Pounding Them Back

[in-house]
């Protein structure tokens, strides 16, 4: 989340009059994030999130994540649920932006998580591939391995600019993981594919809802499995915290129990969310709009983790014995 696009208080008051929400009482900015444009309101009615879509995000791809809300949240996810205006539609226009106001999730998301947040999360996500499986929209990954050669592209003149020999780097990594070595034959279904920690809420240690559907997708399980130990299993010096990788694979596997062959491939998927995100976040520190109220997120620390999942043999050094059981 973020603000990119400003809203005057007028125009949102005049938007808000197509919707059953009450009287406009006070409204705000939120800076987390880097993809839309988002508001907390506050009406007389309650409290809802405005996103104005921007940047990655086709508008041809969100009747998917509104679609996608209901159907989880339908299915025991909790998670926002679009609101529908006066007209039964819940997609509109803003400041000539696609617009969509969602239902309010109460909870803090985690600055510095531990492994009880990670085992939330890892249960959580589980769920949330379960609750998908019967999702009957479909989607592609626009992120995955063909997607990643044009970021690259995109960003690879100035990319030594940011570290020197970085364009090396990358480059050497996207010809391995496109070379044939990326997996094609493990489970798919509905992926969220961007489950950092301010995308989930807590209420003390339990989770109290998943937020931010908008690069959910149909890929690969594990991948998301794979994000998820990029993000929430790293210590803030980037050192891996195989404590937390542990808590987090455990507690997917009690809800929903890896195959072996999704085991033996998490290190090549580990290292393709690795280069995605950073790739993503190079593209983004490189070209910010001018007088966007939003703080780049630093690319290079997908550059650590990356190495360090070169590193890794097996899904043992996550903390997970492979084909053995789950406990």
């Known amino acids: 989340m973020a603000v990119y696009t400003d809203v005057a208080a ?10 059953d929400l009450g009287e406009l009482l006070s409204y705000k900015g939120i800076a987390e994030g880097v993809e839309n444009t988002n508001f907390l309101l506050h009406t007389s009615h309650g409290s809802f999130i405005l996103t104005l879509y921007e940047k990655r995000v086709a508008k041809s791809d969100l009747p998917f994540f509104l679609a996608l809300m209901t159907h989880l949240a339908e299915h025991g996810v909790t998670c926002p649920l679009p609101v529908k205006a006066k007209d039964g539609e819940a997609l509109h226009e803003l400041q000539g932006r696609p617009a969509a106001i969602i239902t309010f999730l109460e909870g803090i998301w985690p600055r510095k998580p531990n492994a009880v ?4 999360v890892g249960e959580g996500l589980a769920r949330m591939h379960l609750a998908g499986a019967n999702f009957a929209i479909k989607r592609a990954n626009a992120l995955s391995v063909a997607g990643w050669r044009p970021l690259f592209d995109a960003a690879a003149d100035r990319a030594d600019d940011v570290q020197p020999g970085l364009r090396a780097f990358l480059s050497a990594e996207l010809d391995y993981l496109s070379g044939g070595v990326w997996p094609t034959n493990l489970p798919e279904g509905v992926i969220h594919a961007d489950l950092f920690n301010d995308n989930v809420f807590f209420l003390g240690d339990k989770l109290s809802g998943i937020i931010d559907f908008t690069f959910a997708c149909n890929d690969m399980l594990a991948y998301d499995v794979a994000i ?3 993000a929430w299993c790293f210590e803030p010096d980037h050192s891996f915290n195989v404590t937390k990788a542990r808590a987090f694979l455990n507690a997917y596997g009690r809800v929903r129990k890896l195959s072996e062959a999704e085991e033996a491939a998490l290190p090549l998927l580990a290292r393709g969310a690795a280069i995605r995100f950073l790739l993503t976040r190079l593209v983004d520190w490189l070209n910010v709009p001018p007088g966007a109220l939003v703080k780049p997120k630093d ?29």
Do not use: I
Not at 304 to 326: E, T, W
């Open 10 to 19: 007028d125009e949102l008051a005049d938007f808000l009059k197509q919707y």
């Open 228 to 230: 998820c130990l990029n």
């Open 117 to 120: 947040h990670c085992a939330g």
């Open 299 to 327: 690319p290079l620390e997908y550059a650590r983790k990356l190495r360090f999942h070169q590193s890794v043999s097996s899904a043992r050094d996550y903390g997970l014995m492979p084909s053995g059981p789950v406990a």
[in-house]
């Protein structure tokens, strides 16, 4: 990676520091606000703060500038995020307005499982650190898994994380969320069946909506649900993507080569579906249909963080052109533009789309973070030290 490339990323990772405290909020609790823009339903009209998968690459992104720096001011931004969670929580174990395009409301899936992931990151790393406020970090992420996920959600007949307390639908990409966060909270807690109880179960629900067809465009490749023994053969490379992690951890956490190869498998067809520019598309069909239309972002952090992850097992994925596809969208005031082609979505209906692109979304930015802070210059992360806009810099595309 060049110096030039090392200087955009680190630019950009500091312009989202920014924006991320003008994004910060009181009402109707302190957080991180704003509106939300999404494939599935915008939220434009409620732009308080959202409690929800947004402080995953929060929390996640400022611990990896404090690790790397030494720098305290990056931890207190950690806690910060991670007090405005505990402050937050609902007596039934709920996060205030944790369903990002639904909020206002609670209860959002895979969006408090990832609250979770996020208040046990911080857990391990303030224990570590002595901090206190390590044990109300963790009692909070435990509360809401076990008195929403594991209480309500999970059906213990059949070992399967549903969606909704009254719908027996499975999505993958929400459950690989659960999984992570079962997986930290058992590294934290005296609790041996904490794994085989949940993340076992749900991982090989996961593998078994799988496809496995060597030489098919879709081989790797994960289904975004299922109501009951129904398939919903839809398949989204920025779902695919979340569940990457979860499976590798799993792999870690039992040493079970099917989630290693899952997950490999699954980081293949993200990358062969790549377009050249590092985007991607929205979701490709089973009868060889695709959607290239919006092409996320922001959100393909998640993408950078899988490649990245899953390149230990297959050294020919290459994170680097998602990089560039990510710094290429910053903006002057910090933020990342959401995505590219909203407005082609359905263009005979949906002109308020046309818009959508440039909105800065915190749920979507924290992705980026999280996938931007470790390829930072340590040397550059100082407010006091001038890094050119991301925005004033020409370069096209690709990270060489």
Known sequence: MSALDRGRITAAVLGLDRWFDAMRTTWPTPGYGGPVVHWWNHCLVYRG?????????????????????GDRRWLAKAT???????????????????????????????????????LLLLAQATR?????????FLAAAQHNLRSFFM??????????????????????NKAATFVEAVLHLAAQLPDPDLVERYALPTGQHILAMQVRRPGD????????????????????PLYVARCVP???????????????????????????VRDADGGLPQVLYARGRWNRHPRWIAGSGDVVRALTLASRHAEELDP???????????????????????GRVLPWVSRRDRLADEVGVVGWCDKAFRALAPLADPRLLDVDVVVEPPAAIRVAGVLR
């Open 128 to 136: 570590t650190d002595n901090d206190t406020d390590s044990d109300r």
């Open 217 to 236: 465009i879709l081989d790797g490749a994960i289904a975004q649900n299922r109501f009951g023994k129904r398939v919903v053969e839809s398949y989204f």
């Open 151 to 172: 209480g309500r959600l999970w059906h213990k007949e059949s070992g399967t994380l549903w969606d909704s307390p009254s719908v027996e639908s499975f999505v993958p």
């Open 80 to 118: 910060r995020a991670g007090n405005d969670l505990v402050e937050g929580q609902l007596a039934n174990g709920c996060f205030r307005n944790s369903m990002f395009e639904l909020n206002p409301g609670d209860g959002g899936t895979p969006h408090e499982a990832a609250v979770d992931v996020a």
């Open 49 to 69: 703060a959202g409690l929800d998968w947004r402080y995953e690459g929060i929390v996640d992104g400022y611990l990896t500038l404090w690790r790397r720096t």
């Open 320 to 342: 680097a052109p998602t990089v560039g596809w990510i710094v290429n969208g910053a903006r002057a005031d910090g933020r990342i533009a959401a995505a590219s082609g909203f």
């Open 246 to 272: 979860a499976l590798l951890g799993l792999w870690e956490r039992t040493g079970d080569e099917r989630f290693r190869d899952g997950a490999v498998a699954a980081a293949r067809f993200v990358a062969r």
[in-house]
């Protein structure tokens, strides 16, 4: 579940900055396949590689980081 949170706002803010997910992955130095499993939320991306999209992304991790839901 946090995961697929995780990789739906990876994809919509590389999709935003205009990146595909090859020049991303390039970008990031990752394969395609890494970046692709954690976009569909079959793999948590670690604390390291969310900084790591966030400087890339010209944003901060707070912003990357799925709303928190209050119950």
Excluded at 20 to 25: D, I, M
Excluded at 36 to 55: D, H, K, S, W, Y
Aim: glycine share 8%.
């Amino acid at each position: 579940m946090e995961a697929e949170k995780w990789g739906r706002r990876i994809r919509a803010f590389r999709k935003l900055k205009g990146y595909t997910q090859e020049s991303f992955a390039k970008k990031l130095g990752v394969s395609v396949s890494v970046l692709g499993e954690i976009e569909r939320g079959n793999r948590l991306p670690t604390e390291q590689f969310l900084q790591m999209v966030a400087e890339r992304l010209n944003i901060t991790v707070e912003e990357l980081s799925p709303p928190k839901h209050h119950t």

I ignored the warning signs. My alcohol intake was reaching monumental levels, and so was my tolerance. Drinking seven days a week, I found myself needing to drink a lot more to get the buzz I was used to. The clinking of glass bottles became the soundtrack to my life, as I’d pound them back, one by one, killing two six-packs of Heineken just at home, not counting any liquor I would drink on my daily rounds. As I sat at the bar, the dimly lit atmosphere seemed to match the hazy state of my mind. My fingers wrapped around the cold, perspiring bottle, the condensation slipping between my fingertips. The bartender knew my order before I even said a word, his disapproving gaze lingering on me longer than necessary. It didn’t matter; I had stopped caring about what people thought a long time ago. Each gulp of the golden liquid felt like it was bringing me closer to some sort of solace, but in reality, it was only creating more chaos in my life. The constant back and forth of feeling both like a loser and a winner would keep my depression on a steady incline, and the more I thought about where my life was at that point, the more of a reason I thought I had to drink. Each swig of beer felt like a temporary reprieve from the turmoil in my mind. The weight of my responsibilities, my dreams, and my failures all temporarily lifted as I drowned my sorrows in the amber liquid. I could feel the familiar burn in my throat, the numbing sensation taking over my body, as I continued my journey downward. The world around me began to blur, the faces of patrons merging into a swirling sea of indistinct features. The more I drank, the more my thoughts raced, my mind consumed by the mounting pressure of my life’s disappointments. My wife and daughter would watch as I came stumbling in, doing my best “sober” impression. But it was clear as day, I wasn’t just an alcoholic, but a drunk. The shame and guilt that washed over me each time I saw the disappointment and concern in their eyes only fueled my desire to escape further into the bottom of a bottle. My reflection in the mirror behind the bar was a distorted, unrecognizable version of myself, a mere shadow of the man I once was and the man I aspired to be.

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